Supreme Court Forces Ayine To Eat Own Words

The Supreme Court of Ghana has forced former Deputy Attorney General, Dominic Ayine to apologise to the apex court and its justices for daring to claim that the posture of the seven-member Supreme Court panel sitting on the case shows a predetermined agenda to rule against the petitioner in the ongoing presidential election petition.

Ayine, last week told the press that he did not understand why the court dismissed Mr. Mahama’s application to reopen his case to enable them to subpoena the Chairperson of the Electoral Commission (EC), Mrs. Jean Adukwei Mensa, who had contentiously declared error-ridden presidential election results on December 9, 2020.

 “…These are all germane issues under the laws of Ghana and to reduce the petition into a single issue petition is rather unfortunate, and it smacks of a predetermined agenda to rule against the petitioner in this matter,” Ayine said.

But Dr. Ayine was quickly cited for contempt for the utterance and was hauled for contempt on Monday, February 22, 2021.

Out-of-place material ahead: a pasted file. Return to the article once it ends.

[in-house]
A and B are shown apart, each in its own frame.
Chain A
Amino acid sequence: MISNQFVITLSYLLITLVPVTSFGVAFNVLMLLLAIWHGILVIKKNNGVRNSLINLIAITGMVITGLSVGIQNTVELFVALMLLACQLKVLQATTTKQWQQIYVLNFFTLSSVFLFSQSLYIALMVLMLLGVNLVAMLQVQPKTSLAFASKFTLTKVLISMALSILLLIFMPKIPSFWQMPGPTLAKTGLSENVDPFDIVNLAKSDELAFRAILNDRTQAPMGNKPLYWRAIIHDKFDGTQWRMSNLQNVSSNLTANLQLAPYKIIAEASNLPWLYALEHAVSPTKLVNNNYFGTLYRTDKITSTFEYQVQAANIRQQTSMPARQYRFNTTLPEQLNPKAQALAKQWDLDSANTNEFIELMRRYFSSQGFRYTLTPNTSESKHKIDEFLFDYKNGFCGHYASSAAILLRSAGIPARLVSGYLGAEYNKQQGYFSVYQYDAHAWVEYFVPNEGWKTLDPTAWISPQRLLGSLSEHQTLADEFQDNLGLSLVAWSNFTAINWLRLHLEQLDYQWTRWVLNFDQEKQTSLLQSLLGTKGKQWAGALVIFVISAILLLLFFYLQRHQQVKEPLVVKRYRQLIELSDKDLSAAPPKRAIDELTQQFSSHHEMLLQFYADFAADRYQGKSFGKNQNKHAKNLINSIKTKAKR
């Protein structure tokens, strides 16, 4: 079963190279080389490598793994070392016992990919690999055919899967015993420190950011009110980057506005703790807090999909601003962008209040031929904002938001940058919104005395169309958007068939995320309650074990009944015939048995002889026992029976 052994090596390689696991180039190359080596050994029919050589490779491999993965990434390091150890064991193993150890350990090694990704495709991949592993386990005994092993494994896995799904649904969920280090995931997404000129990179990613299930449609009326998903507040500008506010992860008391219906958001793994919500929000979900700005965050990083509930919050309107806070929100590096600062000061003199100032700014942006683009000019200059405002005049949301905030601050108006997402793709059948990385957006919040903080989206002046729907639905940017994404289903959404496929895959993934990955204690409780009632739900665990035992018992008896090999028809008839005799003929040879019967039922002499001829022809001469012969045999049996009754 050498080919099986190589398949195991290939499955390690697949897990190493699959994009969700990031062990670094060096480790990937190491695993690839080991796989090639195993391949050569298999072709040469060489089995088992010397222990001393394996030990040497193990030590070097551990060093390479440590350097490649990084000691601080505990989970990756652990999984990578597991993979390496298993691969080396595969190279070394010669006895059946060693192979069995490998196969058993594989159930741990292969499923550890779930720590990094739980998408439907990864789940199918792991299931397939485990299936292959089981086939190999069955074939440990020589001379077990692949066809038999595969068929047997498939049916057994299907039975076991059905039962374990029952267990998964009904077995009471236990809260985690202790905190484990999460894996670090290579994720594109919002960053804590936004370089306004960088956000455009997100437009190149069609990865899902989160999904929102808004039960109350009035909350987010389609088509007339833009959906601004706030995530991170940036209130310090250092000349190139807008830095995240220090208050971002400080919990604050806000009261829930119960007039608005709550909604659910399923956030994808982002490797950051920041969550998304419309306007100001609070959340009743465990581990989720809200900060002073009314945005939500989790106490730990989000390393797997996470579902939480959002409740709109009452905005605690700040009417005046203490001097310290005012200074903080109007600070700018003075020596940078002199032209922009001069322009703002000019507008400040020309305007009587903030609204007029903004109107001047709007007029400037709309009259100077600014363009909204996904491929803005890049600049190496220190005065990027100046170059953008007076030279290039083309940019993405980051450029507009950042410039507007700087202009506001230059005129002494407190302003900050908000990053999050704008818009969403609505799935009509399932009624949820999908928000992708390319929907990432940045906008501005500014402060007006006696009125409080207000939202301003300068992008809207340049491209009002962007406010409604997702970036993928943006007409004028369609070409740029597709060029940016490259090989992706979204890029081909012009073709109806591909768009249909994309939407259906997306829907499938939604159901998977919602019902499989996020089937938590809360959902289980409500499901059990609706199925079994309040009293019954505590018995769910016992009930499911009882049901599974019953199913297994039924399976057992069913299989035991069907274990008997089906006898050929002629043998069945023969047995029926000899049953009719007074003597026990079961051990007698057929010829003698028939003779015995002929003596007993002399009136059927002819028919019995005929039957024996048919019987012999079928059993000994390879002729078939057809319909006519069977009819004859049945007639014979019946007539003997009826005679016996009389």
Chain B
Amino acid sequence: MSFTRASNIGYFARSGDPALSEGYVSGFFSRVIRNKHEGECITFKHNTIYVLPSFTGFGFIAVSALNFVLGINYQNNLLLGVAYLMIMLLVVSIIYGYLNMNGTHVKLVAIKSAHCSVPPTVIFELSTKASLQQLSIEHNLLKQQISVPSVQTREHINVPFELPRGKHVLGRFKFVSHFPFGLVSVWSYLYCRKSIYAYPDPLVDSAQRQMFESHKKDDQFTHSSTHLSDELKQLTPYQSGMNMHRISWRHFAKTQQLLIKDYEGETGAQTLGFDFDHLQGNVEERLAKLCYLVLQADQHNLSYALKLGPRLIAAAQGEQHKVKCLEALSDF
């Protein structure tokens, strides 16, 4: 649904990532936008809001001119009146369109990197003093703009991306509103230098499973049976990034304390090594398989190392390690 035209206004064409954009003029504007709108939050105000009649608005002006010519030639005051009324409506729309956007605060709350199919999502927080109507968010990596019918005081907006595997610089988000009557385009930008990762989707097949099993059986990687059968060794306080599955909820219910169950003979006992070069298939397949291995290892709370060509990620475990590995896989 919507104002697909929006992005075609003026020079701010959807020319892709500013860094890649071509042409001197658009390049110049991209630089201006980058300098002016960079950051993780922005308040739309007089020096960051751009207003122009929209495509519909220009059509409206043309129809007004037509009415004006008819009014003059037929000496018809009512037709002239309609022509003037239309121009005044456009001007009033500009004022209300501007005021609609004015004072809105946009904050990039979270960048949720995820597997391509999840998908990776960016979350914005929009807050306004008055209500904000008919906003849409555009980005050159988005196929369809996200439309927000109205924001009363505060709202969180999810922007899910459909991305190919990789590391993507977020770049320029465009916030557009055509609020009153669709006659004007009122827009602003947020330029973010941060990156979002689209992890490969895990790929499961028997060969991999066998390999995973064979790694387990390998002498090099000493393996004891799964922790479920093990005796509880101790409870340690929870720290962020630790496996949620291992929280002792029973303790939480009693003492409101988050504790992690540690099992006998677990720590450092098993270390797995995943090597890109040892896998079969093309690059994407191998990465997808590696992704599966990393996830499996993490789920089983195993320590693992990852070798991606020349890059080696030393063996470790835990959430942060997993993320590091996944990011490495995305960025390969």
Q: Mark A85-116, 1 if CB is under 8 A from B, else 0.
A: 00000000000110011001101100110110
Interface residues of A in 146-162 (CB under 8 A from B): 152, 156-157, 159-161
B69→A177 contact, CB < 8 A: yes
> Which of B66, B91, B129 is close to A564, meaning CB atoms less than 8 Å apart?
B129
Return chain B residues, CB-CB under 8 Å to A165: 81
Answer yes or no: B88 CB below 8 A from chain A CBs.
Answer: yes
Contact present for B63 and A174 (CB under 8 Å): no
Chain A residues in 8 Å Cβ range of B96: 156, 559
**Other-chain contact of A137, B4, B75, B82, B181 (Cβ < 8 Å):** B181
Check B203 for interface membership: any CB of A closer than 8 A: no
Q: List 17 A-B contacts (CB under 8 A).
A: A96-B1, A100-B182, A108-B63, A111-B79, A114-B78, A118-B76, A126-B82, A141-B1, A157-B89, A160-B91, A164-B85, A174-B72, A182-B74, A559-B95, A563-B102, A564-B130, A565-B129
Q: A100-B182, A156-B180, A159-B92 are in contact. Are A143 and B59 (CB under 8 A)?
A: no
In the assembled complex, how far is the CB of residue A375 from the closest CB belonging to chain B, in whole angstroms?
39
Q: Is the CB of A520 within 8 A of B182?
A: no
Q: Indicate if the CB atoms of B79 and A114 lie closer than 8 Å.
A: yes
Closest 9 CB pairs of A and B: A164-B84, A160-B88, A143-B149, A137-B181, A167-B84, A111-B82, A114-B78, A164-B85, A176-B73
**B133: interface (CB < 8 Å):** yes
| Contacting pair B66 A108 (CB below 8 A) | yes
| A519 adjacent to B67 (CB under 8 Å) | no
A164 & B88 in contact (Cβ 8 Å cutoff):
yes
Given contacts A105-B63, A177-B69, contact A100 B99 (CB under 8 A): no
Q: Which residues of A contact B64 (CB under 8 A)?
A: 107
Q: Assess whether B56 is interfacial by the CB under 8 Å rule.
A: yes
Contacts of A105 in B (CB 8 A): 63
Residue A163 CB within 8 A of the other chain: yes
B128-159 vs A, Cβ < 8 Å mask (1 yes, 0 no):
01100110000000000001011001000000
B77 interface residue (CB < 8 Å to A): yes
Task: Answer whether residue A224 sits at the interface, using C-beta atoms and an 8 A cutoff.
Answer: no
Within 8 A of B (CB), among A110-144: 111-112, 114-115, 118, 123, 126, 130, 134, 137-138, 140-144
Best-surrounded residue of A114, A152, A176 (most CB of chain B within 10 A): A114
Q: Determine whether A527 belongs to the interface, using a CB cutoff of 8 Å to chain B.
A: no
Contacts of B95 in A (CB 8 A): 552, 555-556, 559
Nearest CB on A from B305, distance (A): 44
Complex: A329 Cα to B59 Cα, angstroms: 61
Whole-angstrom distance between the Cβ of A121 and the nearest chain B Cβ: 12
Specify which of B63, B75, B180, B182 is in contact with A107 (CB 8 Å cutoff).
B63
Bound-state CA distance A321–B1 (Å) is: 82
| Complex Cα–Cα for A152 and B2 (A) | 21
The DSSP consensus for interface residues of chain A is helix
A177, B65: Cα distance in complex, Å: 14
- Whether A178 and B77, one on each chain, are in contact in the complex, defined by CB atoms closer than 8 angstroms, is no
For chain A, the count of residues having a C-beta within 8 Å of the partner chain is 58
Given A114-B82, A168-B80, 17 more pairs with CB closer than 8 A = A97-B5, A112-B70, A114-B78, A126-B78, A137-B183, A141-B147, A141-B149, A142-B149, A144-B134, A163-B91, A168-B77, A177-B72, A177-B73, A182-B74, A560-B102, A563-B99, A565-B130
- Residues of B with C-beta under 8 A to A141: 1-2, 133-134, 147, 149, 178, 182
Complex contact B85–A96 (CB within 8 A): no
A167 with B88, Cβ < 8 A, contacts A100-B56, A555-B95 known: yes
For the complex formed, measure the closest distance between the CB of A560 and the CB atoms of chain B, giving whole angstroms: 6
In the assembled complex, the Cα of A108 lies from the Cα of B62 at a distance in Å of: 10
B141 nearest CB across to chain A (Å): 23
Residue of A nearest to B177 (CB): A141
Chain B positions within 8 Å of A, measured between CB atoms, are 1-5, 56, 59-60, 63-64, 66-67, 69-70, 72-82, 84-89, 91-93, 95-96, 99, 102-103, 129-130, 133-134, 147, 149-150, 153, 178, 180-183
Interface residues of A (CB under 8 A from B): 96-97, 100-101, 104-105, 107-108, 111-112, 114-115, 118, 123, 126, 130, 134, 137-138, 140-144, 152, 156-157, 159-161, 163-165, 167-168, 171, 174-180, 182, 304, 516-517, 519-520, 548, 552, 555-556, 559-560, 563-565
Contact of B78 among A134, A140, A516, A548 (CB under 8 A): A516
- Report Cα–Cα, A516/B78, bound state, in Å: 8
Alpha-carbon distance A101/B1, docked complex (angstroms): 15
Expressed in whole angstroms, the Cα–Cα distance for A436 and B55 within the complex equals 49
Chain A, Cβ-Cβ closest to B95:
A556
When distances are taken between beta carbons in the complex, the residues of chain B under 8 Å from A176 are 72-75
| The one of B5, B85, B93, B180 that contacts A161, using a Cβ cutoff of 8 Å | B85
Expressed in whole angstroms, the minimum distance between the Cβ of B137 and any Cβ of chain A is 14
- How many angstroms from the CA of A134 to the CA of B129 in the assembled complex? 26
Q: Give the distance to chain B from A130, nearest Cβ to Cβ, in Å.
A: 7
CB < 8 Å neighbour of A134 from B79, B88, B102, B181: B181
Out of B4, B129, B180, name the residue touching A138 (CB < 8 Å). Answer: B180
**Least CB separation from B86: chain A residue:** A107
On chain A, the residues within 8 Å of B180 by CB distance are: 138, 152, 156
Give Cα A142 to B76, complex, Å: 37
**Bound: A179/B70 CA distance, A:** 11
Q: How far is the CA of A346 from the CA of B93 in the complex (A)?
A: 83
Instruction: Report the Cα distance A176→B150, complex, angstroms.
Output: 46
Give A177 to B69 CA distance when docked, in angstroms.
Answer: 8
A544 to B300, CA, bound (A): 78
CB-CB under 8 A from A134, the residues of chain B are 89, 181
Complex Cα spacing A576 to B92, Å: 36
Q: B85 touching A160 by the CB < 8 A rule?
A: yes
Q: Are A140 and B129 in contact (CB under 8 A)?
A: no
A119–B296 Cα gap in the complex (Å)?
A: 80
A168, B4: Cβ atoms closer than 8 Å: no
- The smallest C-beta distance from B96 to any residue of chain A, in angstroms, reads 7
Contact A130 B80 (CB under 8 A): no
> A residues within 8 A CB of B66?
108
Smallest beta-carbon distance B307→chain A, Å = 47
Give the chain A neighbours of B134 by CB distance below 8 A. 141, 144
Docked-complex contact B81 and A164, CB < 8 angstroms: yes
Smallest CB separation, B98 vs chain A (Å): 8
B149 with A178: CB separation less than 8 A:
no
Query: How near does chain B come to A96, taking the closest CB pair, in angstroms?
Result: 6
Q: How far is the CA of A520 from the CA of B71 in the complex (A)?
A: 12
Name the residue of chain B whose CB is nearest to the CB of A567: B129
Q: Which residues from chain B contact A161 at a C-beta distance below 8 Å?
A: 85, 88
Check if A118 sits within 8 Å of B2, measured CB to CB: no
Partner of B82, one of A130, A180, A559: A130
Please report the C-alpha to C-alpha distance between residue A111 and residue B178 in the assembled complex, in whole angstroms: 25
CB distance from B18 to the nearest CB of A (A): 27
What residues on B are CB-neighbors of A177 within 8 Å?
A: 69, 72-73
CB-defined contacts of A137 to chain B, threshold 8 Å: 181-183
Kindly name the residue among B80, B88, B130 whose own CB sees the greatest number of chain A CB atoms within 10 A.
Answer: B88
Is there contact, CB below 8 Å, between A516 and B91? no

He was rebuked thoroughly by the Chief Justice, Kwasi Anin-Yeboah and asked him to render an apology through the media. He was also ordered to write a formal letter of apology to cure his contempt.

 “I have looked at what I said that day and I have come to the conclusion that I went overboard. I crossed the lines with respect to the remarks that I made in terms of attributing impropriety to the Supreme Court of the Republic of Ghana,” Dr. Ayine will later tell the press at the forecourt of the Supreme Court.

“This morning, I delivered a letter to His Lordship the Chief Justice, offering an unqualified apology to the court,” he added.

According to him, “When I finished addressing the press, [Frank Davies] walked up to me and reminded me that the phrased that I used had crossed the line and that is when I started thinking whether or not I crossed the line. I agree absolutely with Mr. Frank Davies…I want to unreservedly apologize to the court, that is the Supreme Court of Ghana as well as the Justices in particular who sat on that day. There was no intention on my part to impugn their integrity. I was just expressing a sentiment with respect to the ruling of that day.”


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